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June 26, 1944

Stalin and Harriman Exchange Military Information




Conversation. June 26, 1944


Present: The American Ambassador, Mr. Harriman

  Mr. Edward Page, Second Secretary of Embassy


  Marshal I. V. Stalin

  Mr. V. M. Molotov, People’s Commissar for Foreign Affairs

  Mr. Pavlov, Soviet interpreter


Subject: Exchange of Military Information


Marshal Stalin recalled the decisions reached at Tehran with respect to joint military operations and pointed out that, as he had promised at Tehran, the Russian offensive had started shortly after the invasion of Europe. I stated that the President, General Marshall, General Eisenhower, had had no doubt whatsoever that this offensive would start. Stalin said that nonetheless doubts had existed in certain quarters. I again pointed out that no one in the higher circles of the Allied Governments or Armies ever entertained such doubts. Stalin said that he had informed the President on June 21 of the date of the coming Soviet offensive and that 130 divisions would be involved. However, he had not told the President of the exact locality of the offensive for he feared some possible leak. Newspapermen wrote articles for personal profit. I stated that I knew that General Marshall did not desire to know where the offensive would take place but added, however, that once the Anglo-American armies had firmly established themselves on the continent and once the Russian and the Anglo-American armies were getting closer to each other, it would be necessary to set up some liaison whereby plans and future strategy might become known to each side. Stalin agreed and stated that it would of course be advisable to establish some such consultative group. I said that General Deane was leaving in a week or ten days to consult with General Eisenhower and General Marshall on this subject.


I emphasized to the Marshal that real security existed within the American and British military staff. Stalin stated that he was not always so sure that secrets would be maintained in so far as the British were concerned. He said that there had been two examples of secret communications from him to Prime Minister Churchill which had leaked out to the press. In addition he said that the Soviet proposals which had been advanced on the European Advisory Commission to the effect that the German army after the defeat of Germany should be a prisoner army, had also leaked out to the press before agreement had been reached on this point. He said that after the defeat of France the Germans had enforced upon the French army a similar prisoner status. However, the American and British representatives on the European Advisory Commission had opposed such a step on the grounds that it would make the Germans the perpetual enemies of the Russians. Stalin stated that the Russians could take care of that.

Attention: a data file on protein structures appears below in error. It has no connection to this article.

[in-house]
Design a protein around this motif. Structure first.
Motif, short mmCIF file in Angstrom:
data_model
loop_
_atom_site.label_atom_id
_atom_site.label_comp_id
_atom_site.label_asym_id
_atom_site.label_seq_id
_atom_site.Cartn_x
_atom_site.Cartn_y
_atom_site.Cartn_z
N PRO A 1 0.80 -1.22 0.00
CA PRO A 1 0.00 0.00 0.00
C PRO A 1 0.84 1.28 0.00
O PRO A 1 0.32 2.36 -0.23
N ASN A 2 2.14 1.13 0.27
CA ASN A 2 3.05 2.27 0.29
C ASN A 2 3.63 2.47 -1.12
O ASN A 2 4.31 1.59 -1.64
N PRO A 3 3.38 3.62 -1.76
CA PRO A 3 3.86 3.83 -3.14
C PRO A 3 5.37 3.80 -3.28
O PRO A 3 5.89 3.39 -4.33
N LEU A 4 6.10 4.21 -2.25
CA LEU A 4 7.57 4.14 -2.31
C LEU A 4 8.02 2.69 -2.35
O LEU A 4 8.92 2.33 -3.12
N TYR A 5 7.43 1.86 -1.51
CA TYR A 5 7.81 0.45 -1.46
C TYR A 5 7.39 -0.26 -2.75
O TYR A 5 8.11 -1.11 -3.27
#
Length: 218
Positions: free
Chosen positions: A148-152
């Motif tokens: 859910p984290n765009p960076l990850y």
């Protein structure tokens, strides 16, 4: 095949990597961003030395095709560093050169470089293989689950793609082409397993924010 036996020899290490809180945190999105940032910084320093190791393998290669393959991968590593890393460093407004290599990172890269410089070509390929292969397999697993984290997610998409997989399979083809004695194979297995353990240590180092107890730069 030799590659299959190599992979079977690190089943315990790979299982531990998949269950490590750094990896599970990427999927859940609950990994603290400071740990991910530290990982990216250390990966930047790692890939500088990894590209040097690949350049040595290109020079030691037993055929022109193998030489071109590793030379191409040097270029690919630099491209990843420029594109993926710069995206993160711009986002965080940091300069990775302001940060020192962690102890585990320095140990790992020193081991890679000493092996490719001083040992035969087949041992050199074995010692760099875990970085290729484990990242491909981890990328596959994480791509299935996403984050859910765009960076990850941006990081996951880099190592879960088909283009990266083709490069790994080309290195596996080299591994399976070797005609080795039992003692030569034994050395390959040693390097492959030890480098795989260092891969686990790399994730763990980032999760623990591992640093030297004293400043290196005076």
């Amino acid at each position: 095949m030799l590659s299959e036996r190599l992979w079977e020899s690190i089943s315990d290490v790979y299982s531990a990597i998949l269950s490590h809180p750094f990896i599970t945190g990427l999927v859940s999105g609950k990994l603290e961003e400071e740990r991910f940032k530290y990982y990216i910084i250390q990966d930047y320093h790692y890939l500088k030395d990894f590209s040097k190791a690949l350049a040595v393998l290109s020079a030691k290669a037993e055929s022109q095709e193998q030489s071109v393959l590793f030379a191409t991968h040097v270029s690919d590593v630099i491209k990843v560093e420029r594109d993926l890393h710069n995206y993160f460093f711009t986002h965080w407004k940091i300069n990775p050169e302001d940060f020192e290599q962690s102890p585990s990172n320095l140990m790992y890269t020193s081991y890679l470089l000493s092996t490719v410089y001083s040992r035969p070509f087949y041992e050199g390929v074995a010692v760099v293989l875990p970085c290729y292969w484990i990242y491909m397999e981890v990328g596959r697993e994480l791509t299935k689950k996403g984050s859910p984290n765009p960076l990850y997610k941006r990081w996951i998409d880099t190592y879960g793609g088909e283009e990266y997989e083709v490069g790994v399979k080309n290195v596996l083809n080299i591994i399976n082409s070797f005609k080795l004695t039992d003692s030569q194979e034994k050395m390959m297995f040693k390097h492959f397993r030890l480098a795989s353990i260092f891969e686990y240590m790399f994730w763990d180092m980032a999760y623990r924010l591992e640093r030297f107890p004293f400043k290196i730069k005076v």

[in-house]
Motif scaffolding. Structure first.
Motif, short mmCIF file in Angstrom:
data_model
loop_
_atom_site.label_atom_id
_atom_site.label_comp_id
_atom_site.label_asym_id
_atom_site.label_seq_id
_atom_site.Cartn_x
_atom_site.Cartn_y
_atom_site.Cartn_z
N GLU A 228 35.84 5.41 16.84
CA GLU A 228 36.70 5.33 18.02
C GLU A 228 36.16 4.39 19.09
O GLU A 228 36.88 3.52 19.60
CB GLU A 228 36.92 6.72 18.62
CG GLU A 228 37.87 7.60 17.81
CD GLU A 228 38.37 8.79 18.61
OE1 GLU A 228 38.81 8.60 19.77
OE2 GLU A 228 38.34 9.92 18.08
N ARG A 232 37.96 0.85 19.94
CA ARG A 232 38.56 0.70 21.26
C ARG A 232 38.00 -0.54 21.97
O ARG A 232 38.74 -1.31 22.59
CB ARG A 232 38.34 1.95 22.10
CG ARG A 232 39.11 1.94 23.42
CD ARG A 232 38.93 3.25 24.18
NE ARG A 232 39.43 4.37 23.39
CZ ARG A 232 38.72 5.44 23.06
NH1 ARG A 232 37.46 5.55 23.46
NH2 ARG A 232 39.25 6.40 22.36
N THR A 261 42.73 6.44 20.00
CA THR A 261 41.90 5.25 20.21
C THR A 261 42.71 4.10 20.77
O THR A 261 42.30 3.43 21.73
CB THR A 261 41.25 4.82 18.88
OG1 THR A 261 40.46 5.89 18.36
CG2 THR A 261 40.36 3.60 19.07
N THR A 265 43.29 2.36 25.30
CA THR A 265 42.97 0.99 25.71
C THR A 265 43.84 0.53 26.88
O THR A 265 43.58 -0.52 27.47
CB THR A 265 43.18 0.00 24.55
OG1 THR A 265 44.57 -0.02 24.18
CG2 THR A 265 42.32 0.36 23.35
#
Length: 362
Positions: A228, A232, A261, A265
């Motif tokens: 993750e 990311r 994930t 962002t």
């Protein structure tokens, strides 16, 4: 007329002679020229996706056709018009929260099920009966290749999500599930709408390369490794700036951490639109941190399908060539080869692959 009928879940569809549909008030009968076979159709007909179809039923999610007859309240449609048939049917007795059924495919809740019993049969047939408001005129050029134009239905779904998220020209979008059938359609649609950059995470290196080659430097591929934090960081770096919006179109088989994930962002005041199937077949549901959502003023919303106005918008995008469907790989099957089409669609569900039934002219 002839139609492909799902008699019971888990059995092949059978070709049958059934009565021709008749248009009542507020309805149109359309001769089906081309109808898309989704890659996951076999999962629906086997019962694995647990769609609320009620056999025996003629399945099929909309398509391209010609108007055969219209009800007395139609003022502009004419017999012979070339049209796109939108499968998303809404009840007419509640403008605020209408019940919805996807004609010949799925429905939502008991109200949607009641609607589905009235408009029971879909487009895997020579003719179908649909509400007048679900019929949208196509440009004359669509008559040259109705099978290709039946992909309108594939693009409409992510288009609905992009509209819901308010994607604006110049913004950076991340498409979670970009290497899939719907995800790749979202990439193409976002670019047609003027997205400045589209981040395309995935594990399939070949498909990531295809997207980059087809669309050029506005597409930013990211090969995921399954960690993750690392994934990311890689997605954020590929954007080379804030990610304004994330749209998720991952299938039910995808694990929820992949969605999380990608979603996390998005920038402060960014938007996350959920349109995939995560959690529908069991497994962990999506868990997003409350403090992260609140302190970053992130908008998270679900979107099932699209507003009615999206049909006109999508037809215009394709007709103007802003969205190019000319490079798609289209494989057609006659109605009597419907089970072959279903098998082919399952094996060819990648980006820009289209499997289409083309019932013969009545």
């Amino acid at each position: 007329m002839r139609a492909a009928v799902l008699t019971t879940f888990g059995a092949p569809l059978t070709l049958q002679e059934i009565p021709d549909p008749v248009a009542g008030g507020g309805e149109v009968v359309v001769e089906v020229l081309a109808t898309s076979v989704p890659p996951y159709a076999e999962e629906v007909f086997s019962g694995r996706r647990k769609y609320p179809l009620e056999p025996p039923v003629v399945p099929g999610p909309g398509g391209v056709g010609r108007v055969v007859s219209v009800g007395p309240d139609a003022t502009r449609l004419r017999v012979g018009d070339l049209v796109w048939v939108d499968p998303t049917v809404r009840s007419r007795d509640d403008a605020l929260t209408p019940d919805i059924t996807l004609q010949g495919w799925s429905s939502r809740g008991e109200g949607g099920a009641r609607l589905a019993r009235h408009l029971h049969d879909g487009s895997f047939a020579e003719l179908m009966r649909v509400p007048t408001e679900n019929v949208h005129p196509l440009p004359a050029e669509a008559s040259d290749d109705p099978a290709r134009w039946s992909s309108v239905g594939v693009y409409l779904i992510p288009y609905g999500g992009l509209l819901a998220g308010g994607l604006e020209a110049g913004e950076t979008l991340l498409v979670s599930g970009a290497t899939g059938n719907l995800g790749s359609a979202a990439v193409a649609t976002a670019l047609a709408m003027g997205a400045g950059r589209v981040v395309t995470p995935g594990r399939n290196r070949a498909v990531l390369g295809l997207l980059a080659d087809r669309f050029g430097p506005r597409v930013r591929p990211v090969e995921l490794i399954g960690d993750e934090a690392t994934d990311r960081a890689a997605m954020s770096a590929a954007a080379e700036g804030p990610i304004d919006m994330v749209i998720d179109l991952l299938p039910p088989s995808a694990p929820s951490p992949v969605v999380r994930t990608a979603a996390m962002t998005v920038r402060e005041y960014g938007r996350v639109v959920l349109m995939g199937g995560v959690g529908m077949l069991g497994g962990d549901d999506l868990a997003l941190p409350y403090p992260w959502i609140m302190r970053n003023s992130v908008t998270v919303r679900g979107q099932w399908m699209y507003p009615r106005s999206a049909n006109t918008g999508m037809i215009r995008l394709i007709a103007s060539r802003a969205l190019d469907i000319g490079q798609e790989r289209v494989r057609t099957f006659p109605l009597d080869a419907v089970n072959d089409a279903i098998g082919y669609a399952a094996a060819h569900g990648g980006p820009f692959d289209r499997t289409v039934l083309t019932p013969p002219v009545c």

I pointed out that the leaks which he was referring to were political and not military in nature, the first was really a question between him and the Prime Minister personally, and that the greatest secrecy and security were maintained in anything to do with military questions. As an example, I said that although the Germans knew that the invasion was coming they did not know where we would strike and were consequently caught unaware. I also referred generally to North Africa and the Pacific operations. Although Stalin apparently agreed that real military security was being maintained, he referred to a certain American major-general who had recently been punished for talking out of turn. [sic] I said that I knew of this incident and that it involved an American major-general who had talked to another officer on secret matters which he had no business to talk about. He had been immediately demoted to a lieutenant-colonel and sent home. I said that this was an example of the drastic punishment we meted out to anyone who broke our security rules. Stalin said that “we have loose talkers too and we also know how to deal with them”.






Copy to General Deane

3 copies to Ambassador


Harriman and Stalin discuss their own armies and how to deal with the German Army after the war.

Document Information


Container 173, W. Averell Harriman Papers, Manuscript Division, Library of Congress, Washington, D.C.

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